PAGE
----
HealthDay News — Using BMI to diagnose obesity substantially underestimates the burden of disease when compared with dual-energy X-ray absorptiometry (DXA) scan, a direct simultaneous measure of body fat, muscle mass and bone density, study data indicate.

Among a sample of 1,393 adults with both BMI and DXA derived percent body fat data available for comparison, 39% were misclassified as non-obese based on BMI, despite meeting percent body fat obesity criteria.

“Our results demonstrate the prevalence of false-negative BMIs, increased misclassifications in women of advancing age and the reliability of gender-specific revised BMI cut-offs,” Nirav R. Shah, MD, of New York University School of Medicine and Eric. R. Braverman, MD, of Weill-Cornell Medical College, both in New York City, reported in PLoS One.

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They performed a retrospective chart review of 9,088 patients who had outpatient visits at a multispecialty private practice from 1998 to 2009, and analyzed data for the 1,393 patients with data available for BMI, DXA, and fasting leptin and insulin levels. Patients had an average BMI of 27.3% kg/m2 (SD=5.9) and an average percent body fat of 31.3% (SD=9.3). Mean patient age was 51.4 years; 63% were women and 75% were white.

BMI characterized 26% of the subjects as obese, while DXA indicated that 64% of them were obese, the researchers found. BMI misclassified more women as nonobese (49%), whereas men were more frequently misclassified as obese (25%), when percent body fat indicated otherwise.

An analysis of the 539 patients who were misclassified using BMI revealed that advancing age was clearly correlated with misclassification among women, with 49% of those aged 50 to 59 years and 59% of those aged 70 years and older misclassified. There was no association between advancing age and obesity misclassification in men.

These differences may be explained by the fact that women lose more muscle mass with age, and BMI may not accurately measure muscle mass in men.

Clinicians should consider revising BMI obesity cut-points to increase diagnostic sensitivity and maximize the prevention of obesity-related co-morbidities, the researchers urged.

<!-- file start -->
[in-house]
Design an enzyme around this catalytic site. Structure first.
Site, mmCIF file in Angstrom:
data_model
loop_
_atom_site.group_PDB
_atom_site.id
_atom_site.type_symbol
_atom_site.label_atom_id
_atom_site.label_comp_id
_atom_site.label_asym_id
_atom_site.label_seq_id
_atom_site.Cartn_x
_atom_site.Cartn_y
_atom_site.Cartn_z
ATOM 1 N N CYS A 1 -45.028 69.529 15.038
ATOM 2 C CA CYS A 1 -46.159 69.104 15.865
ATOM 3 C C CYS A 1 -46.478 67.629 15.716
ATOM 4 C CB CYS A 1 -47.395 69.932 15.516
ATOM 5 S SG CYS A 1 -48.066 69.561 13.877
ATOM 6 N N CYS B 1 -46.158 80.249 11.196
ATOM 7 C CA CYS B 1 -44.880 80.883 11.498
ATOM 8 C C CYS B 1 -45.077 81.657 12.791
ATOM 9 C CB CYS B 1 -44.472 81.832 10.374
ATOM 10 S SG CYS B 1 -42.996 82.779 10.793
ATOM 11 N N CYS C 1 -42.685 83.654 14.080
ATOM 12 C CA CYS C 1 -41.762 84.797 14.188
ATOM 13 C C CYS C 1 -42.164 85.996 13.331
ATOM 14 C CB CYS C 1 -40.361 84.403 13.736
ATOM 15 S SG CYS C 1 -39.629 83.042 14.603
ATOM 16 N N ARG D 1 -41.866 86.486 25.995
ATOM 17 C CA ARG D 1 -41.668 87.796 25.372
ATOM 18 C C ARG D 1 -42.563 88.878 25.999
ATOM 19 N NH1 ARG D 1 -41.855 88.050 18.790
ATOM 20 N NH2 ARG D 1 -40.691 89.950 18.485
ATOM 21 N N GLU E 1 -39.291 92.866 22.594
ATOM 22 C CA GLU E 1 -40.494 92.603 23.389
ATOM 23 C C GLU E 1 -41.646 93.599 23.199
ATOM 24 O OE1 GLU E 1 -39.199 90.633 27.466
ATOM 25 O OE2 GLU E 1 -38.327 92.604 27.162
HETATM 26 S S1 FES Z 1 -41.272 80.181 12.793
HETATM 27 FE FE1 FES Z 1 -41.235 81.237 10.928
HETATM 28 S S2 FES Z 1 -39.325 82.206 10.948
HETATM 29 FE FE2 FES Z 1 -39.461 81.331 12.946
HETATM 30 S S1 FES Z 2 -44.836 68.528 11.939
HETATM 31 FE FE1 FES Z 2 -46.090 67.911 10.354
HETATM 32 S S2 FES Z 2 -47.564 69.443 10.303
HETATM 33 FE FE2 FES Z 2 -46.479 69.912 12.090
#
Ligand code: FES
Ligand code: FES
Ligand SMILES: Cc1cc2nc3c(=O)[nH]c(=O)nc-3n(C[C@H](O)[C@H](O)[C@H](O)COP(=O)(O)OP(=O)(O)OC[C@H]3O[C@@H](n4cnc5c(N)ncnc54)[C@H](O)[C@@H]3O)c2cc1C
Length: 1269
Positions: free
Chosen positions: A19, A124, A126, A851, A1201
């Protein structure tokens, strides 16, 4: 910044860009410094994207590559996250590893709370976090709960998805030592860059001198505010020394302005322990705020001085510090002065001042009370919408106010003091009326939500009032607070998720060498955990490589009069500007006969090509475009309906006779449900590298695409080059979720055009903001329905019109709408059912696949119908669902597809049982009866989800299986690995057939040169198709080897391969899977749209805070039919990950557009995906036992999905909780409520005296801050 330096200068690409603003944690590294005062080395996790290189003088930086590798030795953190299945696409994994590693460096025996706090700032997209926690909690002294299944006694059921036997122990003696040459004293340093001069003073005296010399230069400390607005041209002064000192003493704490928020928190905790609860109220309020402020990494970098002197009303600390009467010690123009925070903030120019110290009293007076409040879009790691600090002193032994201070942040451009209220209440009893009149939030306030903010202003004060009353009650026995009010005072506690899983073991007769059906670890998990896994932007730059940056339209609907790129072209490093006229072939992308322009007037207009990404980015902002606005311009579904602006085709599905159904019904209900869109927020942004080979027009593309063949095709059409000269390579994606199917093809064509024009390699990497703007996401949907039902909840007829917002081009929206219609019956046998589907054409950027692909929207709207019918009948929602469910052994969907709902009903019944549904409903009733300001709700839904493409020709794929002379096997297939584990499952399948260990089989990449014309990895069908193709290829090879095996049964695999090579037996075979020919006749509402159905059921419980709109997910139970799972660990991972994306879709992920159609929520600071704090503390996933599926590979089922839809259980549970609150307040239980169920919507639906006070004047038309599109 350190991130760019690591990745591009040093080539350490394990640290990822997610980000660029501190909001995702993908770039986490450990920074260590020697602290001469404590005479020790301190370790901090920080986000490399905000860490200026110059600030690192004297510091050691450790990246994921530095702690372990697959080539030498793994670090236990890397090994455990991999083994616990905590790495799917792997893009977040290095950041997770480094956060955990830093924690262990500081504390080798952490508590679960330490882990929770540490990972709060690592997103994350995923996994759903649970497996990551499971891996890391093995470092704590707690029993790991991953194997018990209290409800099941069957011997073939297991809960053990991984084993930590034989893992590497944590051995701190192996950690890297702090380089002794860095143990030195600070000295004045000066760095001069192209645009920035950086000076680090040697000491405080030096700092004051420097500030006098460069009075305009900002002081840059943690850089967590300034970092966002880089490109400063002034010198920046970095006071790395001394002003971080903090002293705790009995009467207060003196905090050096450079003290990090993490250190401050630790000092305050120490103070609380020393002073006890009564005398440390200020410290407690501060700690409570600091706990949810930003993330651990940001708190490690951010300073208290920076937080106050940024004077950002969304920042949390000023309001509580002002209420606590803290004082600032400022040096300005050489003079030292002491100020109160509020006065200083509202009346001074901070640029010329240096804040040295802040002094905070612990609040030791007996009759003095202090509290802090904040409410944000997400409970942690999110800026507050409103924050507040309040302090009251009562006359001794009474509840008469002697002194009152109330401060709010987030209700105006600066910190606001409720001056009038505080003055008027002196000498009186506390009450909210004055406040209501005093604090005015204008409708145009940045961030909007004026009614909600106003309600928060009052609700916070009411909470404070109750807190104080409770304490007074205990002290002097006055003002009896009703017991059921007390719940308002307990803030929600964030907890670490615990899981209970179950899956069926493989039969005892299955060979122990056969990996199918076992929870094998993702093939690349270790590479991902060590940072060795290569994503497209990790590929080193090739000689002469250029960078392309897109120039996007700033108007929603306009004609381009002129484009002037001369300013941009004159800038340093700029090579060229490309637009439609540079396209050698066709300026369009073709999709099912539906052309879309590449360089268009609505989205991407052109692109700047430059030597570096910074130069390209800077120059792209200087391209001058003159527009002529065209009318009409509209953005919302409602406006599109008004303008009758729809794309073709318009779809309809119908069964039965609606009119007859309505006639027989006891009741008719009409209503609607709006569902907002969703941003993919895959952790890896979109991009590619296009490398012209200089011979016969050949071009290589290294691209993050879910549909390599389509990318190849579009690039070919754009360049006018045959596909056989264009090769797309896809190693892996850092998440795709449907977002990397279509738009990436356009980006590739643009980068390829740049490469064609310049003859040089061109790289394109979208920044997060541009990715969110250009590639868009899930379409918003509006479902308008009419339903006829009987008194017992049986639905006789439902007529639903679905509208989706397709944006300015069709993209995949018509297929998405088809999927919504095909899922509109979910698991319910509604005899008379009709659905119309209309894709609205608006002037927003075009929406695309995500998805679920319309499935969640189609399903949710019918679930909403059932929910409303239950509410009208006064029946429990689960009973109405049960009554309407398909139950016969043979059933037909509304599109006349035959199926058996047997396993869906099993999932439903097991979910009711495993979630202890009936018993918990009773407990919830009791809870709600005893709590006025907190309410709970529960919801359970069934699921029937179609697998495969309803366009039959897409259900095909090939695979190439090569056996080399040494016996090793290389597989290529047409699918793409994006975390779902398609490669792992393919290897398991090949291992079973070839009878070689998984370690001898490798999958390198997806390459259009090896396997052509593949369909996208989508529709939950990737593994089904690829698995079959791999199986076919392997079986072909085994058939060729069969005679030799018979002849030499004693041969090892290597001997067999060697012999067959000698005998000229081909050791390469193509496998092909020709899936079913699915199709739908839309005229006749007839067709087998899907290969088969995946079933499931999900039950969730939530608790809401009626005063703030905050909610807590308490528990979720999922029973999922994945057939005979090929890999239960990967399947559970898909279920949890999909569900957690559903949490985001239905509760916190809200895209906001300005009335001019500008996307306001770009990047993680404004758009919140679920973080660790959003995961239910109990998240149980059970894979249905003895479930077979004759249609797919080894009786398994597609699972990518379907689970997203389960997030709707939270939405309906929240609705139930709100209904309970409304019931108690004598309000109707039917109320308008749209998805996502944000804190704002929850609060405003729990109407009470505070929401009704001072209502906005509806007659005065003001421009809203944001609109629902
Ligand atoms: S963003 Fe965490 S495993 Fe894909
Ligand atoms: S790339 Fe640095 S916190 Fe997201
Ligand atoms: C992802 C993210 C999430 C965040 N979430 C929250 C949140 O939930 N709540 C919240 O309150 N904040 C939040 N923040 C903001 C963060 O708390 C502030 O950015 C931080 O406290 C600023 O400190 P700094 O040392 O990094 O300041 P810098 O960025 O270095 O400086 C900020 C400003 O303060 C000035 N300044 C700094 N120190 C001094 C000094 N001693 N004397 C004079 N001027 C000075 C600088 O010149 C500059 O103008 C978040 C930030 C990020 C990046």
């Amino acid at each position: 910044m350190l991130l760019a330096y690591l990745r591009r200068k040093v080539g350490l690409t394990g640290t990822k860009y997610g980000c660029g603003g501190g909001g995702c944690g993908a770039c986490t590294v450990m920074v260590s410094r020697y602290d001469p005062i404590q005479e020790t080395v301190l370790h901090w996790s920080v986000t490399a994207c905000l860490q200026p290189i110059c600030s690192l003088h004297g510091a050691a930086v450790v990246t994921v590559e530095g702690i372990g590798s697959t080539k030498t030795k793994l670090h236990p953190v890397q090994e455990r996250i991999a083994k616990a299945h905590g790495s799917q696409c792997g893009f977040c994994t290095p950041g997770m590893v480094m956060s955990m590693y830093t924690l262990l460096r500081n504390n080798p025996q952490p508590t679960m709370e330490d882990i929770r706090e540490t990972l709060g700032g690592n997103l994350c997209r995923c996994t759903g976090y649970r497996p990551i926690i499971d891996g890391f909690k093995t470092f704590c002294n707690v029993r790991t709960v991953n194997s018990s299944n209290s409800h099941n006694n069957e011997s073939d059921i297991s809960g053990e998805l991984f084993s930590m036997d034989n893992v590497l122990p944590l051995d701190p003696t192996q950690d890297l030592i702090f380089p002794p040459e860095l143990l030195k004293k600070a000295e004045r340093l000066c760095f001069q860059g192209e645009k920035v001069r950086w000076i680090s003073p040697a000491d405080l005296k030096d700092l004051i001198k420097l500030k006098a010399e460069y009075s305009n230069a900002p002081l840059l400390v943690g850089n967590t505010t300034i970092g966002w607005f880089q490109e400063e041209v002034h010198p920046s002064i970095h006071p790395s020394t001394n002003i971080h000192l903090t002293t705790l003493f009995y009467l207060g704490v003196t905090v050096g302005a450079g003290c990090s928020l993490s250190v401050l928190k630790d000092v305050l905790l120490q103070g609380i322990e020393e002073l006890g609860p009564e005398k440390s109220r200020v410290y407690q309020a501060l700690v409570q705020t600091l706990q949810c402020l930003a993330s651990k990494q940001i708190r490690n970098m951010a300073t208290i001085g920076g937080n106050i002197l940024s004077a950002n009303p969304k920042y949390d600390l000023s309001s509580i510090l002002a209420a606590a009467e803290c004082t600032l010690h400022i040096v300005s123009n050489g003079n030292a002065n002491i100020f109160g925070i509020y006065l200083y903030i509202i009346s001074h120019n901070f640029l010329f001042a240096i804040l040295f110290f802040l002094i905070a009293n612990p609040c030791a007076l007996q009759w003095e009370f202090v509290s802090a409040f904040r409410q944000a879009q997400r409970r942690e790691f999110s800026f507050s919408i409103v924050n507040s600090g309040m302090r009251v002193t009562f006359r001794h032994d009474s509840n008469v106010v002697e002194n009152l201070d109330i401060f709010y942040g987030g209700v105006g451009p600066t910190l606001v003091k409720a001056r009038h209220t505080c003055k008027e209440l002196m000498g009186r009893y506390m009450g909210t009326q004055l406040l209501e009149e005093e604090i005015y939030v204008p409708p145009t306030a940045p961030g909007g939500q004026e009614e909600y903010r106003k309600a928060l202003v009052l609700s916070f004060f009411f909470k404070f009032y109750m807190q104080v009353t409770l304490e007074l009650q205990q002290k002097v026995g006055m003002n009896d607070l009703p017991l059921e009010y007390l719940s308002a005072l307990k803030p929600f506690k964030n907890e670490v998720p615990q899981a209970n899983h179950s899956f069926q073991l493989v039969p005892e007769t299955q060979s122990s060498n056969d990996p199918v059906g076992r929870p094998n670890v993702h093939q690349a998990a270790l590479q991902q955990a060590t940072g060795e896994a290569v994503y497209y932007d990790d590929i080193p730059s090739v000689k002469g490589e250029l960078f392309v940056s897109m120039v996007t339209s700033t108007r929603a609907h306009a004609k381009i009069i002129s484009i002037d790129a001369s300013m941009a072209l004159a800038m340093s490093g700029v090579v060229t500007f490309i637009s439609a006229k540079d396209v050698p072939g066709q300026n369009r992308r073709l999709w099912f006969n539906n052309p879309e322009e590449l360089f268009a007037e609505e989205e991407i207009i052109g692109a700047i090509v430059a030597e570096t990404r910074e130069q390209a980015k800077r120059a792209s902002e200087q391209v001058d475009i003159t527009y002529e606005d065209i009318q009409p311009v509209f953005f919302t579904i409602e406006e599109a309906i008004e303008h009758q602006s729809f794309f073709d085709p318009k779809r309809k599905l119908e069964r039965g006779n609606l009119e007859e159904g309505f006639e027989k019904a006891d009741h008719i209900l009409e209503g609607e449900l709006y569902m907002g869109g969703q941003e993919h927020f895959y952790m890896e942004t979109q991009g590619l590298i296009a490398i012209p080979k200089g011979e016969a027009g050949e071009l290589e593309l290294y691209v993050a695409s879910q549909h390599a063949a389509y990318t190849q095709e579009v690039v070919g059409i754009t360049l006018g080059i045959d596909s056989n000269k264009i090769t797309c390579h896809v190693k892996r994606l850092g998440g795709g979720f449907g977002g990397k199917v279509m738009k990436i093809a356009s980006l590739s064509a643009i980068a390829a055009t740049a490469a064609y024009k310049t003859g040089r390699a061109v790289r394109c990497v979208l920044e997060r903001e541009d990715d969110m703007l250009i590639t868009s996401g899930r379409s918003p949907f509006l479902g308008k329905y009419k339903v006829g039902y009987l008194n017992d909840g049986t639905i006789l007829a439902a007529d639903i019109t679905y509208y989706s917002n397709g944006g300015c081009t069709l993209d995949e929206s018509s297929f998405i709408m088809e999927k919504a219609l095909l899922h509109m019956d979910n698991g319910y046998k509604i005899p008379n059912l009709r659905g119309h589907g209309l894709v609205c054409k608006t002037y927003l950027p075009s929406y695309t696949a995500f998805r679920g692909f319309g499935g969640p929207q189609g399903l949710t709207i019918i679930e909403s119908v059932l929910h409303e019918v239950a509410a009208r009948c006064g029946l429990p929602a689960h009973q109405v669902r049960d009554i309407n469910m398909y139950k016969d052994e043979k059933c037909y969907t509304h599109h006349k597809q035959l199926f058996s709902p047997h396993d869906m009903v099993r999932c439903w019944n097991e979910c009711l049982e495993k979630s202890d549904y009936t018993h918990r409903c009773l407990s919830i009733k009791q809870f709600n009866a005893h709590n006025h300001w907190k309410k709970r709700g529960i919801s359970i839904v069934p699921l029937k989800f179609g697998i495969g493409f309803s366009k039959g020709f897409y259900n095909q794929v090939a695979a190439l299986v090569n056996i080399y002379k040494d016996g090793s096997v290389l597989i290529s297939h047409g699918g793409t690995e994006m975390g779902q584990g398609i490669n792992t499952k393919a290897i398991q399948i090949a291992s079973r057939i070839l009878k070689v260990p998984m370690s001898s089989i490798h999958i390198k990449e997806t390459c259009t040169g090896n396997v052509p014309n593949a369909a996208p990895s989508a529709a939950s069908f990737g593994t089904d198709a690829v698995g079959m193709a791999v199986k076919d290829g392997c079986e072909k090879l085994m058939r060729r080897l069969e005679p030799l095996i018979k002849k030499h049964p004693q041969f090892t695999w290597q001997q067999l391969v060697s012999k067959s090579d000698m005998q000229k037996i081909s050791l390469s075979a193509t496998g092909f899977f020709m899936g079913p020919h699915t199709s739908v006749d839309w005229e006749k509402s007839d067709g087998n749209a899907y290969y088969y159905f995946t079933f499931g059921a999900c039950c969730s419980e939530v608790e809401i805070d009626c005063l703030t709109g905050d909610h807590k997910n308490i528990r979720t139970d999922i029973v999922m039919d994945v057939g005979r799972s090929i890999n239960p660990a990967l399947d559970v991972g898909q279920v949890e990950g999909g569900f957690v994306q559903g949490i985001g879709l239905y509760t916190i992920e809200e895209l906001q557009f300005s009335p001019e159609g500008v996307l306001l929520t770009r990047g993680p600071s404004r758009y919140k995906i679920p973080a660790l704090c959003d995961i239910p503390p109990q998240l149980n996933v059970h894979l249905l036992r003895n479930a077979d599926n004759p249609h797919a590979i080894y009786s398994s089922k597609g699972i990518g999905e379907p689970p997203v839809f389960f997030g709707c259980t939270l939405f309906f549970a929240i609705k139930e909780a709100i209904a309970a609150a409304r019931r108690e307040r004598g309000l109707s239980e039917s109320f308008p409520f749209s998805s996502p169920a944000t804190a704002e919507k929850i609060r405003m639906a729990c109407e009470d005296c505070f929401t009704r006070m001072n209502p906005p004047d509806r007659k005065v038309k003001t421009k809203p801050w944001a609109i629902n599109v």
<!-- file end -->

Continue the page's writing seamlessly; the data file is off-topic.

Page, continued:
For women, adjusting the BMI cut-point for obesity to 24 instead of 30 would increase the test’s sensivity from 35% to 79%, while decreasing specificity only 13%, the researchers determined. Similarly, setting the BMI cut-point at 28 for men instead of 30 would increase sensitivity from 51% to 72% with only a 12% loss of specificity.

“The current systematic underestimation of adiposity in large scale studies, and subsequent use of such studies for public health policy-making, can readily be corrected, resulting in a more appropriate sense of urgency and more cogent weighing of public health priorities,” the researchers wrote.

A strong relationship was also identified between increased leptin levels and increased body fat. Further study is need to determine the potential for leptin as a marker for managing obesity in the future.

The researchers acknowledged several study limitations, including it’s cross sectional design, lack of racial and ethnic diversity and inability to compare other anthropometric indices, such as waist-to-hip ratio with corresponding DXA measurements, due to lack of hip circumference data.

The study was funded by the PATH Foundation, which has received financial support from the Life Extension Foundation. The researchers disclosed financial ties to the pharmaceutical and medical industries.

Shah NR, Braverman ER. PLoS ONE. 2012;7(4): e33308.doi:10.1371/journal.pone.0033308.